James Serpell holds the Marie A. Moore Endowed Professorship in Animal Ethics and Welfare at the School of Veterinary Medicine, University of Pennsylvania. He received his bachelor’s degree in Zoology from University College London in 1974, and his PhD in Animal Behavior from the University of Liverpool (UK) in 1980.
In 1985, he established the Companion Animal Research Group at the University of Cambridge before moving in 1993 to his current position at the University of Pennsylvania, where he teaches veterinary ethics, applied animal behavior and welfare, and human-animal interactions. His research focuses on the behavior and welfare of dogs and cats, the development of human attitudes to animals, and the history and impact of human-animal relationships.
In addition to publishing more than 100 articles and book chapters on these and related topics, he is the author, editor, or co-editor of several books, including Animals and Human Society: Changing Perspectives (1994), The Domestic Dog: Its Evolution, Behaviour and Interactions with People (1995), In the Company of Animals (1996), and Companion Animals and Us (2000).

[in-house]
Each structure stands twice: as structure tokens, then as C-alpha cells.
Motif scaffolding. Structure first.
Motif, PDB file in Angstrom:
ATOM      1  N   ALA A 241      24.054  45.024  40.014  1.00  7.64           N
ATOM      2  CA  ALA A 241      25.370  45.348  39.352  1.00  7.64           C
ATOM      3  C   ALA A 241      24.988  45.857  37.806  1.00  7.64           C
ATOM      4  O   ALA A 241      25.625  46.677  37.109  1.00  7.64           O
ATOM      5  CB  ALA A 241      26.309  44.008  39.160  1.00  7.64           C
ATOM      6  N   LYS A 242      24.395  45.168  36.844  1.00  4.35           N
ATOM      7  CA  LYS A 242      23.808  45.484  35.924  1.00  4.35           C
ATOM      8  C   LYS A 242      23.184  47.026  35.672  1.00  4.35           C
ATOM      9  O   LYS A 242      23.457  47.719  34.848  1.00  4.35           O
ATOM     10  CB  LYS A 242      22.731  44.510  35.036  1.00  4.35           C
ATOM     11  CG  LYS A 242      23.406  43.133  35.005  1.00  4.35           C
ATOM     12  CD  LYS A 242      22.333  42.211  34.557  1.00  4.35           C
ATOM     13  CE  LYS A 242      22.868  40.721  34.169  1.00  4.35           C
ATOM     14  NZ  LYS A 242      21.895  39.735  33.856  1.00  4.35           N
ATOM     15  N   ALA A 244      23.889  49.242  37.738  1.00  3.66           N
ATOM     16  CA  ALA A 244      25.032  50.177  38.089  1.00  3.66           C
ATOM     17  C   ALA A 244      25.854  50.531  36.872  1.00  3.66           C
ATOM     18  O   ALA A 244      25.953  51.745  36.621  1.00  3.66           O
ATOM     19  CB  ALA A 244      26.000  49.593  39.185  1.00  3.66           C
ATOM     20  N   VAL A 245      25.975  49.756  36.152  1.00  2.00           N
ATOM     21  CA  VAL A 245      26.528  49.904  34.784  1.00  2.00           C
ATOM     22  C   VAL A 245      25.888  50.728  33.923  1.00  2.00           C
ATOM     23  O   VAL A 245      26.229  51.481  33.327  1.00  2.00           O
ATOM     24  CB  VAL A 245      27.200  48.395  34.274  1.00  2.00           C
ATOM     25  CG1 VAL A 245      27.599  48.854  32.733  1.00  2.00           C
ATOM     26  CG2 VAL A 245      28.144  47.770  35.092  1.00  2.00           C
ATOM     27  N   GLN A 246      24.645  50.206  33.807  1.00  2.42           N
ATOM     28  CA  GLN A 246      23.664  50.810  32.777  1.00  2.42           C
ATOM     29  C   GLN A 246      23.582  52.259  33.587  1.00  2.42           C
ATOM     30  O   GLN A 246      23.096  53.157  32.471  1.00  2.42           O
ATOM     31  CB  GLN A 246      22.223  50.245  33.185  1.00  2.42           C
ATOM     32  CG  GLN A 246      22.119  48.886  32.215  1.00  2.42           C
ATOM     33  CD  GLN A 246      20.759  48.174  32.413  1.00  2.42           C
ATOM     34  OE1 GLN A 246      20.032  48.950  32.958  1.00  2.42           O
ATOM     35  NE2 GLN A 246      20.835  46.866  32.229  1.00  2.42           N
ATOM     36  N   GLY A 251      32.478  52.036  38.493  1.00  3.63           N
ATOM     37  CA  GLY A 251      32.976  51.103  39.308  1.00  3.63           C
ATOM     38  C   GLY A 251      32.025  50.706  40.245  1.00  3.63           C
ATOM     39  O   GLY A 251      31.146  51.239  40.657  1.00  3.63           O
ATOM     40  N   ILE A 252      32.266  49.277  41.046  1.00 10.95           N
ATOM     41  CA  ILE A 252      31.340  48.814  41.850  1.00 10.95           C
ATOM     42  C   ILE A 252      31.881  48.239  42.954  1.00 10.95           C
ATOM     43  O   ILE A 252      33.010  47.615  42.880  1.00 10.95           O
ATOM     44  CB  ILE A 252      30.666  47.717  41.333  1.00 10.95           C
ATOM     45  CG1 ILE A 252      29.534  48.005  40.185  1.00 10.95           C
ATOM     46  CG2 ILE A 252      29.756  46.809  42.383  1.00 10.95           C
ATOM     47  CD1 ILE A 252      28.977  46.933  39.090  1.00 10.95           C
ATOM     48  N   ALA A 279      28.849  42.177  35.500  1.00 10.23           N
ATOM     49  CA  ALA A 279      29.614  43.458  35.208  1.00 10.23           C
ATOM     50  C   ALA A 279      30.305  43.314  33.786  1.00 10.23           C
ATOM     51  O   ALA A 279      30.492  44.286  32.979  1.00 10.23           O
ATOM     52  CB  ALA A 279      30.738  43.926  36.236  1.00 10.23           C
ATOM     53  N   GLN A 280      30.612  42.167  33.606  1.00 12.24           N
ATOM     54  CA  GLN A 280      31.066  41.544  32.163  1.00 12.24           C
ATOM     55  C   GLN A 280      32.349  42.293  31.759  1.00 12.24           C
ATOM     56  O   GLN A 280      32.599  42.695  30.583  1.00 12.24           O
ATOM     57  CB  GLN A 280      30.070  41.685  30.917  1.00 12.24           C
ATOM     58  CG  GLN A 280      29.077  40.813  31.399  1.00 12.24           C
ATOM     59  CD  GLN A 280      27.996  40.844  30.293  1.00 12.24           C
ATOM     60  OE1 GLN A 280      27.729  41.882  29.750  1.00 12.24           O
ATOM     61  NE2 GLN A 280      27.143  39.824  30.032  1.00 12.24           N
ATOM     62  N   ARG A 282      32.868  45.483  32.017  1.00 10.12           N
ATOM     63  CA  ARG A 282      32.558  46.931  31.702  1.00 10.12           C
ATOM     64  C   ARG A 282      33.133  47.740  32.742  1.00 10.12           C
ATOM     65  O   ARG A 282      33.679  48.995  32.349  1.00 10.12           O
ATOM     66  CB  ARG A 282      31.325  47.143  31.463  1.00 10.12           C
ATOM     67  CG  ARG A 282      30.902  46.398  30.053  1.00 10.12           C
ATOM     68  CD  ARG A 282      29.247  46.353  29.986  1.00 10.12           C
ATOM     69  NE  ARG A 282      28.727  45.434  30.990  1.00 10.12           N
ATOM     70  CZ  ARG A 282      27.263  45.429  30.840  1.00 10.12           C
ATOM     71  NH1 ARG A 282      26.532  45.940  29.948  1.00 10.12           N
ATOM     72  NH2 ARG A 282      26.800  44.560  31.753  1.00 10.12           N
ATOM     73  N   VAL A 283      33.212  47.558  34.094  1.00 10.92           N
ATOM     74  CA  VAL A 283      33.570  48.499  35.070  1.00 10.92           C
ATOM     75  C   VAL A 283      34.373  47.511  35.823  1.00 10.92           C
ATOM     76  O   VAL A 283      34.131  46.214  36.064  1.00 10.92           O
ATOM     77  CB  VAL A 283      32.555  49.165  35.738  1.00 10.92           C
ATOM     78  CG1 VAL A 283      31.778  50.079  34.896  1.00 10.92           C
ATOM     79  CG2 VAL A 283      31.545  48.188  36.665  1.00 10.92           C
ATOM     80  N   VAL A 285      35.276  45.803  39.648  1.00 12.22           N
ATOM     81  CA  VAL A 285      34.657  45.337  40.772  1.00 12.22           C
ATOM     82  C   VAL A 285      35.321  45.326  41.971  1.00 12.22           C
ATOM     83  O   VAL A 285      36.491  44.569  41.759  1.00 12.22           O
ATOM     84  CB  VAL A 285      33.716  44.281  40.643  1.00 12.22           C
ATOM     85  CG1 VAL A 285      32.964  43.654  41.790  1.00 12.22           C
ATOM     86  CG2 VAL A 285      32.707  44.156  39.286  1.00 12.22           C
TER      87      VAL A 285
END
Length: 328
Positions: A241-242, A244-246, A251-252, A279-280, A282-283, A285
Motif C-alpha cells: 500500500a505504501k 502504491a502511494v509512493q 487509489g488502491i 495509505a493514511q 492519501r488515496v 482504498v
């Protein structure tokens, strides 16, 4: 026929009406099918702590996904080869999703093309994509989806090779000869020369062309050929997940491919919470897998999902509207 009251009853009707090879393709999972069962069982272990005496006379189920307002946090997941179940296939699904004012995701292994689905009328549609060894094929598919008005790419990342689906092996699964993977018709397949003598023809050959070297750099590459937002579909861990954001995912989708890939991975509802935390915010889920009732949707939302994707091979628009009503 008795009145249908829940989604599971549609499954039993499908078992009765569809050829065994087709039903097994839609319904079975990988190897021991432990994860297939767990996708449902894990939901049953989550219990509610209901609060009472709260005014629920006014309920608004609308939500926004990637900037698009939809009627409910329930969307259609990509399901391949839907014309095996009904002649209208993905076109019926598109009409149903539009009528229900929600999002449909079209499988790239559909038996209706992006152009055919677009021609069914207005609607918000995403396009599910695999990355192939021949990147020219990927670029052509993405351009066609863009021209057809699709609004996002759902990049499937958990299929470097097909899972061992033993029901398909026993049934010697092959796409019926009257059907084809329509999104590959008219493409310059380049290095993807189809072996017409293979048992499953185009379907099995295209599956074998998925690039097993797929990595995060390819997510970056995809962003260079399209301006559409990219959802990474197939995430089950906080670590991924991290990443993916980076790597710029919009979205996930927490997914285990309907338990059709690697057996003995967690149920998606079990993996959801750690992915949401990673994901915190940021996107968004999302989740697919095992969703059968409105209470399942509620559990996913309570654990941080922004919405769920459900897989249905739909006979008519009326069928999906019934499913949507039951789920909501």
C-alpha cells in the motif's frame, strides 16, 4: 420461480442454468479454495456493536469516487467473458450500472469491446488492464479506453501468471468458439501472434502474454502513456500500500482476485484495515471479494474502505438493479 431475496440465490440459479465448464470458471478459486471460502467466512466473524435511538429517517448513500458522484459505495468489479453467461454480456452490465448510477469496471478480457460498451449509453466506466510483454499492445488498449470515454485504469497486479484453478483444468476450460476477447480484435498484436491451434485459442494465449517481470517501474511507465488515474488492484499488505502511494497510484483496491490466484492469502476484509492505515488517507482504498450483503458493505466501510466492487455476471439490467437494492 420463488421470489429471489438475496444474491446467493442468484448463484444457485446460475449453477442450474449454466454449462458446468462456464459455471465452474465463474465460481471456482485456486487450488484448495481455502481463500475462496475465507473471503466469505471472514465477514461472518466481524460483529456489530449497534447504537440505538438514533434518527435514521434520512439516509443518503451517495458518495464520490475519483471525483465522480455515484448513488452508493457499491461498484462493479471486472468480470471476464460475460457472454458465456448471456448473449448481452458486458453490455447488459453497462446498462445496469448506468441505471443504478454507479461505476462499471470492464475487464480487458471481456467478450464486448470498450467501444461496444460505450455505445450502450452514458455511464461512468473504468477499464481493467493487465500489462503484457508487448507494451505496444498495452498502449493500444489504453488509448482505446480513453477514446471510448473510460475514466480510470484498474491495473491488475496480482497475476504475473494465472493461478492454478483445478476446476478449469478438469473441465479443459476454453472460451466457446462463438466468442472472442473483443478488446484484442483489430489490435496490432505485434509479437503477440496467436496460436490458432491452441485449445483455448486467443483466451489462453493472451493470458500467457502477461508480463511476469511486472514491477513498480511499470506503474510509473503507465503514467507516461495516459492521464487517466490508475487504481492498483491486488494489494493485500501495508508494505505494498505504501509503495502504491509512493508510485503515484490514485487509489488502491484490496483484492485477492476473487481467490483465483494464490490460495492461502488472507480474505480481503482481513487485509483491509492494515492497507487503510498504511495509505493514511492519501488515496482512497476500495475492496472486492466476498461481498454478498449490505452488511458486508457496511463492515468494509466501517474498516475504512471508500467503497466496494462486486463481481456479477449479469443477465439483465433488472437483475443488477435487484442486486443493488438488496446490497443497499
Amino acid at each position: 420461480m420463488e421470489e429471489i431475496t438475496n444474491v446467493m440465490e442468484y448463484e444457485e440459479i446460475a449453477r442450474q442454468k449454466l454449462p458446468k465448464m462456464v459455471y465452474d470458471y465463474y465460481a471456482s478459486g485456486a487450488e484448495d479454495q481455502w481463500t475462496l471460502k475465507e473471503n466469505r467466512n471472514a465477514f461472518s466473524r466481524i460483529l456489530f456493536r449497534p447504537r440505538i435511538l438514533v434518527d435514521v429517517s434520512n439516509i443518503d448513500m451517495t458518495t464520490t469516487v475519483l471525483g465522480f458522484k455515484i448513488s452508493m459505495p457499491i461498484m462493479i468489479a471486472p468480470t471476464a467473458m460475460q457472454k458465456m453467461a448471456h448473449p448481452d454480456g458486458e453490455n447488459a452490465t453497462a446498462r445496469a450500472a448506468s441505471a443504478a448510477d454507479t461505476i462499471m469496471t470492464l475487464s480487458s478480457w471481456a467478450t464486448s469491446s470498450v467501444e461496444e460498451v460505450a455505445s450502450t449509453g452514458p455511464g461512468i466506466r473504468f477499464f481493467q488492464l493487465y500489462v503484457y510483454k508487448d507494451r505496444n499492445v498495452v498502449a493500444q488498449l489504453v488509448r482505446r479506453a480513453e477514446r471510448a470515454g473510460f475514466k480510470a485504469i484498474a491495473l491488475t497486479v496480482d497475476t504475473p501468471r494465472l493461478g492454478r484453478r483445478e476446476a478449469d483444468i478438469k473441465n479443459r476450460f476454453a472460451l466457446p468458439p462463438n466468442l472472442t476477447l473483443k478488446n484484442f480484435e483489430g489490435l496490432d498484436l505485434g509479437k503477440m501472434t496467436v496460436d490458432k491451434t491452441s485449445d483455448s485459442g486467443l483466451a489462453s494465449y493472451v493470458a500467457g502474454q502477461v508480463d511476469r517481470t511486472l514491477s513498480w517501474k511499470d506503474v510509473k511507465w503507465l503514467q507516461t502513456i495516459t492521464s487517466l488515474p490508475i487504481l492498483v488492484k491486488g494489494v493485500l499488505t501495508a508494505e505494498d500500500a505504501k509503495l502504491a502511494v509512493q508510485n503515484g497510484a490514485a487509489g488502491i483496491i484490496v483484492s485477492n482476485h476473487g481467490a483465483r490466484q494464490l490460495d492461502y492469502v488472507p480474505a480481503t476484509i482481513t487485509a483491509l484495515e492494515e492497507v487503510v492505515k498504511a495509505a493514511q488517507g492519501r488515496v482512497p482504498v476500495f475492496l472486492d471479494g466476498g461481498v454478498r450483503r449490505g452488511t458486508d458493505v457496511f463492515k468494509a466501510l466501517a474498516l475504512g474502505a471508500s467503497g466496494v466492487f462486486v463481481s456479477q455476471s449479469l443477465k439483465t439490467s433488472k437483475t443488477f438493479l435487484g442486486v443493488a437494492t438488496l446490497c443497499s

Contributions to Humans & Nature:
- Hunting and Our Connection to the Wild
A response to "Does hunting make us human?"
- In the Company of Animals: A Study of Human-Animal Relationships
A book by James Serpell.